Big Reputation: YouTube is the most popular video sharing service. Everyone already knows what it is. With over a billion users from all across the world, it gives business owners a huge audience to work with.
Owned By Google: Because YouTube is owned by Google, Google will list YouTube’s videos higher in search listings than it will videos shared on other sites.
Long Average Session Times: While most social media sites have an average session time of only a couple of minutes, YouTube’s average session time lasts about 40. This means that people are spending more time consuming the information they find here.
Easy To Use: YouTube is designed to be easily accessible to the general population. Just by creating an account, anyone can upload a video to YouTube.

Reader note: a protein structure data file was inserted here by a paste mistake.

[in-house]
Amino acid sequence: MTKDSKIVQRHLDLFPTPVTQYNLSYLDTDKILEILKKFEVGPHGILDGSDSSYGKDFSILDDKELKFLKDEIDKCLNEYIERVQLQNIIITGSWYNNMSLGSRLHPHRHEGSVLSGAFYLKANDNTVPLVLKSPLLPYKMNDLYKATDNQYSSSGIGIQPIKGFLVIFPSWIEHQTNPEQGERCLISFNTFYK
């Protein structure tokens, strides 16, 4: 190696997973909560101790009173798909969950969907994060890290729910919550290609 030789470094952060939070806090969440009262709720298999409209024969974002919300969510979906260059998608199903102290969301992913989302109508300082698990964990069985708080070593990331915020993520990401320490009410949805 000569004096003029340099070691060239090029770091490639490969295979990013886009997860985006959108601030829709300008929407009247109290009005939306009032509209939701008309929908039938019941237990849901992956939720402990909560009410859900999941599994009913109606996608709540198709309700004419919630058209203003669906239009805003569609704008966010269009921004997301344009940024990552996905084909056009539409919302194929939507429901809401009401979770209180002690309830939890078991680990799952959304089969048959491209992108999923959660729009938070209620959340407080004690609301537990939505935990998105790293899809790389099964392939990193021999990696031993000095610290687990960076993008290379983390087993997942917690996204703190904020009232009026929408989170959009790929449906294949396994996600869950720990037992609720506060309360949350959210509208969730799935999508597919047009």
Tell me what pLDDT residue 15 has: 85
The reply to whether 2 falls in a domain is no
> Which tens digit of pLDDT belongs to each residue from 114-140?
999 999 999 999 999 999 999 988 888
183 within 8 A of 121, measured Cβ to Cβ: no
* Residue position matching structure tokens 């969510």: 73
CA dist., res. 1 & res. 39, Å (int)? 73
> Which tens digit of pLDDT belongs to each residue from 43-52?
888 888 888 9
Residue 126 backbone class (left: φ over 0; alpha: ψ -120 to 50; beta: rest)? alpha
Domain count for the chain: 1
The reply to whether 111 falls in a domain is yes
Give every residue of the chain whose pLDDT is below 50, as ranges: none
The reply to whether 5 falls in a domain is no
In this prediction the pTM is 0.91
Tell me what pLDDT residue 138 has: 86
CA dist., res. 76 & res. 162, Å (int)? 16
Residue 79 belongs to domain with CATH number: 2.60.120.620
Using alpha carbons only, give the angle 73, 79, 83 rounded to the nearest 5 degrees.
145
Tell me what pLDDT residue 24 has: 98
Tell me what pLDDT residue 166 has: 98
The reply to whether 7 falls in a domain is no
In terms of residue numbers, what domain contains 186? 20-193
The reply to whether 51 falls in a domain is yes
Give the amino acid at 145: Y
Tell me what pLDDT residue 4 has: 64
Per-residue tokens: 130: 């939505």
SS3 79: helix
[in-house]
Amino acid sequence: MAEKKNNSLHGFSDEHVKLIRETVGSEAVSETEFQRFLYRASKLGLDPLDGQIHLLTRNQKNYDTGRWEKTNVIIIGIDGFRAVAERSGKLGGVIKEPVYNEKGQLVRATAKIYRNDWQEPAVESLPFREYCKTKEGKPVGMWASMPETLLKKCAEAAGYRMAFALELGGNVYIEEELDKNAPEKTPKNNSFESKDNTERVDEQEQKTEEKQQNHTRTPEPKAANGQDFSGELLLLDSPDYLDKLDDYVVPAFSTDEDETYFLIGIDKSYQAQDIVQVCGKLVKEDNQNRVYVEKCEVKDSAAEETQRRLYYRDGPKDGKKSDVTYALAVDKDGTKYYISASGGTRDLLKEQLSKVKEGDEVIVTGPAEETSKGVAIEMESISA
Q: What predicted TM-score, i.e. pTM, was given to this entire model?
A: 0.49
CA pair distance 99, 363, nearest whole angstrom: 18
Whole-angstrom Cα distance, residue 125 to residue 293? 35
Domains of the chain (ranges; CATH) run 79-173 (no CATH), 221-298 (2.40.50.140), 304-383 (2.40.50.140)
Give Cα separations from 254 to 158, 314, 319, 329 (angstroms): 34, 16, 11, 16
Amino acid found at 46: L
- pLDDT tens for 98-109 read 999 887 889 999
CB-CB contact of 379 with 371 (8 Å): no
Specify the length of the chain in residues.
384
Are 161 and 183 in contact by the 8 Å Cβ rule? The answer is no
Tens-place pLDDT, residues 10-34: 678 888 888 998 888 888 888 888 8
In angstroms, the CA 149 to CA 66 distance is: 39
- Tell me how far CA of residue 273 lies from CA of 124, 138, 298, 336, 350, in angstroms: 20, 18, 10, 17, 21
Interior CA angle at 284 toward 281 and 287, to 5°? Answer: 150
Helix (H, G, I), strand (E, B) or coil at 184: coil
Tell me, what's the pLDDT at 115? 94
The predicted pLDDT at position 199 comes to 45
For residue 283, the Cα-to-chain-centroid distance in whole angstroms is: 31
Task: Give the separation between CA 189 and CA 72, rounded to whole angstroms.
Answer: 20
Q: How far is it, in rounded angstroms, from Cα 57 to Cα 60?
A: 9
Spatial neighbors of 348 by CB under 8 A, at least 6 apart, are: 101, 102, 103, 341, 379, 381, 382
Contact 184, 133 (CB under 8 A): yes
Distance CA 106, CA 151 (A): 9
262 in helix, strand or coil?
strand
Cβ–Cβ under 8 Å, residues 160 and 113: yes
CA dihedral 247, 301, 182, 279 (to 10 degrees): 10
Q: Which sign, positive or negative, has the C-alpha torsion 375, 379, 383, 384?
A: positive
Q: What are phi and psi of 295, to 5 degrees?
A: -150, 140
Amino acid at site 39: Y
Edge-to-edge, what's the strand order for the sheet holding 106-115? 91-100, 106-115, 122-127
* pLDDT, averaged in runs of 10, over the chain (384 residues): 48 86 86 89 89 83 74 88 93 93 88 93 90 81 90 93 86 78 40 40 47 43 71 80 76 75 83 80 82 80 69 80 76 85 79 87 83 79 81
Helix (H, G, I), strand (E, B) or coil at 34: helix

Difficult to Moderate: While YouTube has a set of guidelines in place, the size of the site makes the rules difficult to enforce. This means your video’s comments can turn ugly pretty fast, and that your video could appear alongside other videos in which your company may not approve.
Highly Competitive: There are millions of videos on YouTube just of cats alone, so the chances of your video attracting a major following are pretty slim. In addition to competing with other videos in your industry, you may be competing with the site itself. If you’ve ever wasted an afternoon clicking through videos, then you already know that YouTube is designed to keep you on YouTube. Getting viewers off this site and onto yours will be a challenge.